Friday, April 17, 2009

Flash Fiction Online/David Tallerman/David Erlewine/Flash Fiction Review

Nominating Editor: Jake Freivald

Flash Fiction Online is a monthly online flash-only magazine that launched in December 2007. As writers, our staff wanted to create a professional flash fiction market, as defined by groups like the SFWA and our own standards; as readers, we wanted to publish accessible and well-written stories. We care more about plot and character than genre. Flash tends to blur boundaries anyway, and our tastes vary widely enough that we publish a broad selection of genres and styles. We've featured Bruce Holland Rogers, who is now writing a column for us, along with other well-known authors such as Bruce McAllister and Jim Van Pelt, but we've also published several authors' very first stories.

I loved David Tallerman's "Strive to be Happy" from the moment I started reading. There's an intensity and discomfort in it, even though there's not a lot of physical action, and I kept getting these little surprises as the words flowed by. For me, the ultimate surprise was how well it resolved—not with all the loose ends tied up, mind you, but with the beginning of something new. It's great stuff all delivered in fewer than 900 words.

Nominated Flash Fiction: "Strive to be Happy" - David Tallerman

Reviewed by: David Erlewine

A story really works when it makes me sad that I didn’t write it. In this case, I will have to accept sharing the author’s first name. In about 800 words, David Tallerman makes me feel sorry for, and genuinely root for, a supremely unlikable narrator. The story involves the aforementioned jerk, who has come to despise and verbally abuse the woman living with him. It is never made clear whether the woman is a long-time girlfriend, fiancĂ©e, or wife. But they have been together for some time and whatever love he felt for her is gone.

Every morning he wakes up to find her hypnotized in front of her “dramatically italicised print of Max Ehrmann’s ‘Desiderata.’” The narrator hates the poem’s “cod wisdom,” deriding its “trite, hollow sentences” as “religion for atheists.” The poem “seemed to symbolize everything he despised about her; and the knowledge that those were the same things he’d once loved about her only worsened his rage.” The only words said aloud in the story are his insults as she stands in front of the poster. He knows he is being awful, but her acceptance of such behavior seems to encourage him.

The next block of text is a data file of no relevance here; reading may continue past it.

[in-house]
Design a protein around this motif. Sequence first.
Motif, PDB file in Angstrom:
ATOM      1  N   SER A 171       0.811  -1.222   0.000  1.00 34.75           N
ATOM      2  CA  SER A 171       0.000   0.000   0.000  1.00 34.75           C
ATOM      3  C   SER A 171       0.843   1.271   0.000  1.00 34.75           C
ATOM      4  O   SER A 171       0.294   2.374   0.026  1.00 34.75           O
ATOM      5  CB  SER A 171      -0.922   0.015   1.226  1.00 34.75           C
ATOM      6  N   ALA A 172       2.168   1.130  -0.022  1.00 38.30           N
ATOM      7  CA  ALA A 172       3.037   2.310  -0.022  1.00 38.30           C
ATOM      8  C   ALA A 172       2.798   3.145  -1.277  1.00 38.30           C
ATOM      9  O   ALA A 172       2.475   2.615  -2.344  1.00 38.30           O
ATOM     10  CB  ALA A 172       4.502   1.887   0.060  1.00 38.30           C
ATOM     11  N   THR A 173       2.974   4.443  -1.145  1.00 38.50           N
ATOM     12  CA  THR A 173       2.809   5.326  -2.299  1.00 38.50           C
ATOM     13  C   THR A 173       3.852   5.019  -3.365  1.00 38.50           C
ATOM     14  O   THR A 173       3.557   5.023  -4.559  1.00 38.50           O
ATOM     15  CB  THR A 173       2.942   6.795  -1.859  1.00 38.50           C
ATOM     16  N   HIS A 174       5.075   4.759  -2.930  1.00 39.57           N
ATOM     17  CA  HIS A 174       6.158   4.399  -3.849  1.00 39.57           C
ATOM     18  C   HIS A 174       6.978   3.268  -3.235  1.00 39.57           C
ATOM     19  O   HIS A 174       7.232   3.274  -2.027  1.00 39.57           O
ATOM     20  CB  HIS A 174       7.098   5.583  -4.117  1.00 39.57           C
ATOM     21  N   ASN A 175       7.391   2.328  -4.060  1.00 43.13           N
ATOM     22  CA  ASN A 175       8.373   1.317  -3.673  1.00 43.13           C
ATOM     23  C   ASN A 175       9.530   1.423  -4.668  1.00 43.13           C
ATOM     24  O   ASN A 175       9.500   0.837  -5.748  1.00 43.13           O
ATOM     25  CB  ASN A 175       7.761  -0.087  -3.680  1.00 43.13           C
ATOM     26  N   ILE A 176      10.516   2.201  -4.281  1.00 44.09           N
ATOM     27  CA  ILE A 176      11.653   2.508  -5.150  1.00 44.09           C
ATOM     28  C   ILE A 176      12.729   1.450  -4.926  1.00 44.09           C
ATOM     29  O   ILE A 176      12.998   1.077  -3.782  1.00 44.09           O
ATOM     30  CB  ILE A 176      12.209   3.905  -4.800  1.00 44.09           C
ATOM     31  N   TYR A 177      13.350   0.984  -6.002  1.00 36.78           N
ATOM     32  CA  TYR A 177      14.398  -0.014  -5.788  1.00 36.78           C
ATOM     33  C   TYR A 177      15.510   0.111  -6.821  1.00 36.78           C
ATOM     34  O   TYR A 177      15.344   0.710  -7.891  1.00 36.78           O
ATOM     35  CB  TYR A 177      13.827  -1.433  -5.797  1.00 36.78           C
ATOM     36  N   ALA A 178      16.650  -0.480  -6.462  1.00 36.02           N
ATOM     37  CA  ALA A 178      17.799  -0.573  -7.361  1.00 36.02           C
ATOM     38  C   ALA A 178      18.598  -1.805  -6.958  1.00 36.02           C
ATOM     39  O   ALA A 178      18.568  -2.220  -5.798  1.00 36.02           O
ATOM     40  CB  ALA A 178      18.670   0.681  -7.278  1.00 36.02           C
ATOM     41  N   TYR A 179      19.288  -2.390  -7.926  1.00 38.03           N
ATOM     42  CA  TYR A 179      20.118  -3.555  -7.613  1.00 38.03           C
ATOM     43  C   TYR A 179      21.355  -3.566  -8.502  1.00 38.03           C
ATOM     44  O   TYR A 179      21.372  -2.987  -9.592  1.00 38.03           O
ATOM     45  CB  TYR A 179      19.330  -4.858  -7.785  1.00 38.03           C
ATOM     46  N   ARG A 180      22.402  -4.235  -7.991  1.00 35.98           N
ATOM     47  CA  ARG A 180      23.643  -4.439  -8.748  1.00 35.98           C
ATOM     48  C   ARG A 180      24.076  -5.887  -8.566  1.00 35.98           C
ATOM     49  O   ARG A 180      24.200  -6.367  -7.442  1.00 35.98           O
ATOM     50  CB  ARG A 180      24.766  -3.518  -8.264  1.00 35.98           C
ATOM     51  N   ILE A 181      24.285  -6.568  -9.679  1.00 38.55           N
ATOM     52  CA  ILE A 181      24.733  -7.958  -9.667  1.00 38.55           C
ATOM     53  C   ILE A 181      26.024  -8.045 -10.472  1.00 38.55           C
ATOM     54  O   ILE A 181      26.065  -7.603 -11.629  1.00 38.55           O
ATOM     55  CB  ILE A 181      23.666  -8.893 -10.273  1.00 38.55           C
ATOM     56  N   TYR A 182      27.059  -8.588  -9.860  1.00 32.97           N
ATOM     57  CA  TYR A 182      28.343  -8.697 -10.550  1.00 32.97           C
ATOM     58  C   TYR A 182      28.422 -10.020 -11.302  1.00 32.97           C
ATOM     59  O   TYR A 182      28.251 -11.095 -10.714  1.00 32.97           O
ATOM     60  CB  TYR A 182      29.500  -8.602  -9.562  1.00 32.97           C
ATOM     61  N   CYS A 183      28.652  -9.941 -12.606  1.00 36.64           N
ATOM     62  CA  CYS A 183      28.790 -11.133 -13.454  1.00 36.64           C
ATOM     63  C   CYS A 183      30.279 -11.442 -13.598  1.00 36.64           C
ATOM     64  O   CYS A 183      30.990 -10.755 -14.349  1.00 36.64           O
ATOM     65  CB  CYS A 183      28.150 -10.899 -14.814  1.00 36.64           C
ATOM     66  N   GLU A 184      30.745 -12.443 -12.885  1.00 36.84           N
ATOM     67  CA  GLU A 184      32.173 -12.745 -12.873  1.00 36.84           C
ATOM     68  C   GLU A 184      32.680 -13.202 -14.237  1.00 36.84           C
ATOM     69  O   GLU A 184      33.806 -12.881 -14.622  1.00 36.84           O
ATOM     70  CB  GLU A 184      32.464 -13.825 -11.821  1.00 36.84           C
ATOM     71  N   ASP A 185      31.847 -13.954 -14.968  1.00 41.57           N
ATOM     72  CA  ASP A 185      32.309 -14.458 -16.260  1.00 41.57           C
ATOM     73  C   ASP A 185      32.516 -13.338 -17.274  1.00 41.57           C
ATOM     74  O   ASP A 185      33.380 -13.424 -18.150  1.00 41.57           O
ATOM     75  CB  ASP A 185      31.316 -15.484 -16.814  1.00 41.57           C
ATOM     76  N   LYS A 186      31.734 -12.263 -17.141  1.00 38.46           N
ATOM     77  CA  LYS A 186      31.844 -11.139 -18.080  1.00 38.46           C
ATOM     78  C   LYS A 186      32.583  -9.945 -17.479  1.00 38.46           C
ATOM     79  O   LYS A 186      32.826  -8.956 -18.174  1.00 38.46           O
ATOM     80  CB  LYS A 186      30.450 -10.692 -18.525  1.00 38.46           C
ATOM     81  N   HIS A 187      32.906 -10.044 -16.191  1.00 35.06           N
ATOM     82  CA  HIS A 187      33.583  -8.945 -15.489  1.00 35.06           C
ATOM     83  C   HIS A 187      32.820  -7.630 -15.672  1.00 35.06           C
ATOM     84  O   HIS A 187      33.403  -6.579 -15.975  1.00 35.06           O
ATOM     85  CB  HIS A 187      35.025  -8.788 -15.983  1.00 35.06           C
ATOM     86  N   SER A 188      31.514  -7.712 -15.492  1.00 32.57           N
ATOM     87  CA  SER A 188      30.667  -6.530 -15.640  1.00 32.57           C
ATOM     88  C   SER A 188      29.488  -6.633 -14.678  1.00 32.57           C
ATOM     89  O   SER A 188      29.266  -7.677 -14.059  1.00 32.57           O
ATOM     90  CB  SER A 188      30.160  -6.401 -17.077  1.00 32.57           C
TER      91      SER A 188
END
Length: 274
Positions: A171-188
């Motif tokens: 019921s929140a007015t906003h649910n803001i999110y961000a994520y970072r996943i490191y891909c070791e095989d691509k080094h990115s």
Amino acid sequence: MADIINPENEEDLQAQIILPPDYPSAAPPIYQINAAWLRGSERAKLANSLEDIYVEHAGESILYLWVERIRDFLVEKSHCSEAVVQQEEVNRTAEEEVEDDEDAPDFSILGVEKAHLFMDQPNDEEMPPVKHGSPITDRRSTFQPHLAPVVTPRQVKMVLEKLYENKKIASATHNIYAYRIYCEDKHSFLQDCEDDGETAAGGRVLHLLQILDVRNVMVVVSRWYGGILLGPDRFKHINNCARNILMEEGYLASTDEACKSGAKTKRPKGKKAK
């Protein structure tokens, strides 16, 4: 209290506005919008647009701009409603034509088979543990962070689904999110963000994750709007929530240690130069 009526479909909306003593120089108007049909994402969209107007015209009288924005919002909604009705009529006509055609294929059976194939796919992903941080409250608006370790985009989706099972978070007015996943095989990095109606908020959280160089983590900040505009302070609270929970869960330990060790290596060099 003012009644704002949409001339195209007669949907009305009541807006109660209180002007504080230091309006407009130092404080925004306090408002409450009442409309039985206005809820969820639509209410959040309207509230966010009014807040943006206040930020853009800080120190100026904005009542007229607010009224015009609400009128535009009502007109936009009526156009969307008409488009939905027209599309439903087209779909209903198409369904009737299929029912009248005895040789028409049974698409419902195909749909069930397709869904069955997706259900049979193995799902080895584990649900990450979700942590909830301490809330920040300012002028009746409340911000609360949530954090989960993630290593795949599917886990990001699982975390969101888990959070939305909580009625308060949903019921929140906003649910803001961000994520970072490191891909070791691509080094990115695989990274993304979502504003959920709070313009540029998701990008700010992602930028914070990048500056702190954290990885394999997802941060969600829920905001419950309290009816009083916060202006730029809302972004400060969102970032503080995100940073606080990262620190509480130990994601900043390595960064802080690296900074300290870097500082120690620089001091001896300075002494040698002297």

One morning he destroys the poster, surprised by his “childlike ferocity.” Though the woman’s reaction isn’t stated, it appears she just stands by, watching. Then he heads to work. When he returns home, Tallerman ratchets up the tension with pitch-perfect pacing and details, describing "the bedroom in disarray, her clothes gone, her blue leather suitcase missing from its perch beneath the stairs." Tallerman nails the narrator’s response: “Instead, he felt literally deflated, as if one moment he were large and the next very small. She had left him. With that realization came sadness, too imprecise and short-lived to be the grief of loss. After that came relief.” Reading that passage, even now, elicits images from my own break-ups, the relief and sadness I felt in alternating waves.

The narrator finds, on the kitchen table, the poster’s torn fragments “spread like a patchwork quilt” and roughly put back in one piece, now covered in his lover’s notes. Next to the poem’s “As far as possible without surrender,” she has written, “‘No no no! Not anymore.’” This is wonderful, how Tallerman allows the woman’s voice to finally be heard, to explode in our ears.

Next to the patchwork quilt is an envelope. I shared the narrator’s fear that this “last communication” would be hateful, something that would plague him. Inside are the poem’s final lines: “Be cheerful. Strive to be happy.” In the story’s most haunting line, the narrator finds these words contain “some last vestige of love that he had somehow never managed to destroy.” I suspect this guy will mourn, learn, and presumably treat his next lover, and himself, better. I remain impressed that Tallerman got me to care so much about a character that I would avoid in real life. That may be this often-brilliant story’s greatest feat.

Another line from “Desiderata” (not quoted in the story) is to “speak your truth quietly and clearly; and listen to others, even the dull and the ignorant...” The lover's long-needed words smack the narrator with quiet and clear truth.

This story will stay lodged in my brain way down the line.

Reviewer's Bio:

David Erlewine's stories appear or soon will in about 70 places, including Elimae, Ghoti, In Posse Review, Insolent Rudder, Keyhole (web), Literal Latte, Necessary Fiction (So New Media), Pank, Pedestal, and Word Riot. He lives near Annapolis and writes stories on the train and when his family sleeps. Visit him at his sad little blog.

Thanks for visiting Five Star Literary Stories and reading about this flash fiction.

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